abksrv abksrv - 20 days ago 6
Java Question

Static nested sub-classes of the enclosing type can still refer to the private field members, why?

I found something which is ambiguous IMHO. Lets say we have the following class structure:

public class A
{
private int privateVar = 1;
protected int protectedVar = 2;

static class B extends A
{
public int getPrivateVariable()
{
return privateVar; //error: Cannot make a static reference to the non-static field memberVariable
}

public int getProtectedVariable()
{
return protectedVar; //OK: Why?
}

public int getPrivateUnfair()
{
return super.privateVar; //Why this can be accessed using super which the protected member doesn't require.
}
}
}



  1. Why at all does the static nested class has free access to the instance members?

  2. Why there is a difference in the way
    protected
    and
    private
    variables can be accessed? This however, is not the case if the nested class is non-static inner class?



EDIT:




  1. Why is the private member of the enclosing type allowed to be accessed by the keyword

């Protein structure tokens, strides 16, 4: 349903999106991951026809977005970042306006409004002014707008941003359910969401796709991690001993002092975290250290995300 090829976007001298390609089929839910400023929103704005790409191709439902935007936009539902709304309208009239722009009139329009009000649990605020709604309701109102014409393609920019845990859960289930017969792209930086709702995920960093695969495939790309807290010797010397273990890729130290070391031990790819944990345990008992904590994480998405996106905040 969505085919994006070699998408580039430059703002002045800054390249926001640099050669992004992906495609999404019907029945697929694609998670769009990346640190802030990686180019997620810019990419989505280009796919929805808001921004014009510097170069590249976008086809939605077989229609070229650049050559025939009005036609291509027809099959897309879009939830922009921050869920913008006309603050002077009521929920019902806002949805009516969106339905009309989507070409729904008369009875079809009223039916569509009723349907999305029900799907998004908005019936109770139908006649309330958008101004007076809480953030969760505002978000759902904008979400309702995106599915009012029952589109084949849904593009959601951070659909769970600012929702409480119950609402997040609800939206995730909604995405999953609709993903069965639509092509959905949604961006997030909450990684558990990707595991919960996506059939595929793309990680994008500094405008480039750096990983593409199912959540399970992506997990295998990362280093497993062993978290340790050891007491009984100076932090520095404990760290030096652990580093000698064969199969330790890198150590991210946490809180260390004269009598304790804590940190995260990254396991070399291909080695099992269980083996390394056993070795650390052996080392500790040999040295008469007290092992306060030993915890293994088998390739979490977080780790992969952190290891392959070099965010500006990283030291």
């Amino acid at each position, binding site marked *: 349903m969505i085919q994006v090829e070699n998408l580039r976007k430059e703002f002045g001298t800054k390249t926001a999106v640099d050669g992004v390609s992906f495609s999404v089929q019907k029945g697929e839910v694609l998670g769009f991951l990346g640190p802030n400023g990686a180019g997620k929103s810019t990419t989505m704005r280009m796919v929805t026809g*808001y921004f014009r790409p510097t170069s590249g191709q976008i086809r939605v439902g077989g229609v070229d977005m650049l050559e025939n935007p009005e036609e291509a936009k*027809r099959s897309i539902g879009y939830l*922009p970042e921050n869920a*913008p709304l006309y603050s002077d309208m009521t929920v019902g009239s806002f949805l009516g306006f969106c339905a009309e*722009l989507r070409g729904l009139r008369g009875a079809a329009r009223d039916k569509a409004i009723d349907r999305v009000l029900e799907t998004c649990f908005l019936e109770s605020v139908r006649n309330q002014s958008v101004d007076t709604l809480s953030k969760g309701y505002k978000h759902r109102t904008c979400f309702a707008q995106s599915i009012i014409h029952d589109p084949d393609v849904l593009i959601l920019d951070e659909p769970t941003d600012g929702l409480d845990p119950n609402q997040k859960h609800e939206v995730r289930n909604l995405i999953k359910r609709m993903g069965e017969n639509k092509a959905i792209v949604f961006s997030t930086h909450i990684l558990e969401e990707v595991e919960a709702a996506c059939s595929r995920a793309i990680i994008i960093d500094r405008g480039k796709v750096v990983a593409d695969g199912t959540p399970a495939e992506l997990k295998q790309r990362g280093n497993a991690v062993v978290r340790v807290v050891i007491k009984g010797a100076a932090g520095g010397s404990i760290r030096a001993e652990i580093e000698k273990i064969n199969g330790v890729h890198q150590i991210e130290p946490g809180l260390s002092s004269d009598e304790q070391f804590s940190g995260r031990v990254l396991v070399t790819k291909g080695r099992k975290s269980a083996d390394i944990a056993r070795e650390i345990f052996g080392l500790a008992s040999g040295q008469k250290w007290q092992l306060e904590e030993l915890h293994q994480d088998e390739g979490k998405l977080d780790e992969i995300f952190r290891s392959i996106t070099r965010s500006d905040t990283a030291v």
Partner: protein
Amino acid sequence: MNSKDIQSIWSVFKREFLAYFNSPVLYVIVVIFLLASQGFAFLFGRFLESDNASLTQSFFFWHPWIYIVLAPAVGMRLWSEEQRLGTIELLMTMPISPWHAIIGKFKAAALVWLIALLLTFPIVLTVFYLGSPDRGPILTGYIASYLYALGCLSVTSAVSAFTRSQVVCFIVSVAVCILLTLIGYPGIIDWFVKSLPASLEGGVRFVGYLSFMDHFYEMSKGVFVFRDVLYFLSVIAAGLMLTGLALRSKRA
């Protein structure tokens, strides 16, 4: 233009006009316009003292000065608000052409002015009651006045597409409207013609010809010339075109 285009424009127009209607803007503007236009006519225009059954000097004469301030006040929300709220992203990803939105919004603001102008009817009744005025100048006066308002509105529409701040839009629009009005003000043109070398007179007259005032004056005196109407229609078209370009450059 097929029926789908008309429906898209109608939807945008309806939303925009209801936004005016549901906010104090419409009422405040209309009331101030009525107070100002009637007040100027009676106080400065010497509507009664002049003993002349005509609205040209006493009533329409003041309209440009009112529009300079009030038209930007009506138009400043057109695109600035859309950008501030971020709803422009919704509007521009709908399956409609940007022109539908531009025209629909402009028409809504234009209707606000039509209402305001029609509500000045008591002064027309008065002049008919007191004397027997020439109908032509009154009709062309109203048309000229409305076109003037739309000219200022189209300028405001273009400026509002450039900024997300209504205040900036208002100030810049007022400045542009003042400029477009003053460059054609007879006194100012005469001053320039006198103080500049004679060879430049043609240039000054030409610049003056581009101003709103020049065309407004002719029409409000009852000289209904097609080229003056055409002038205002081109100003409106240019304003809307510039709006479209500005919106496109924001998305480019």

super
    ?


Answer
  1. Why at all does the static nested class has free access to the instance members?

Because B extends A. You're not accessing the member variables of A, you're accessing the inherited member variables of B.

  1. Why there is a difference in the way protected and private variables can be accessed? This however, is not the case if the nested class is non-static inner class?

Because private fields aren't inherited, whereas protected fields are; but the private fields are still present in the superclass, and visible via super because B is nested inside A. Visibility modifiers aren't sufficiently expressive to articulate the same thing as accessing via super.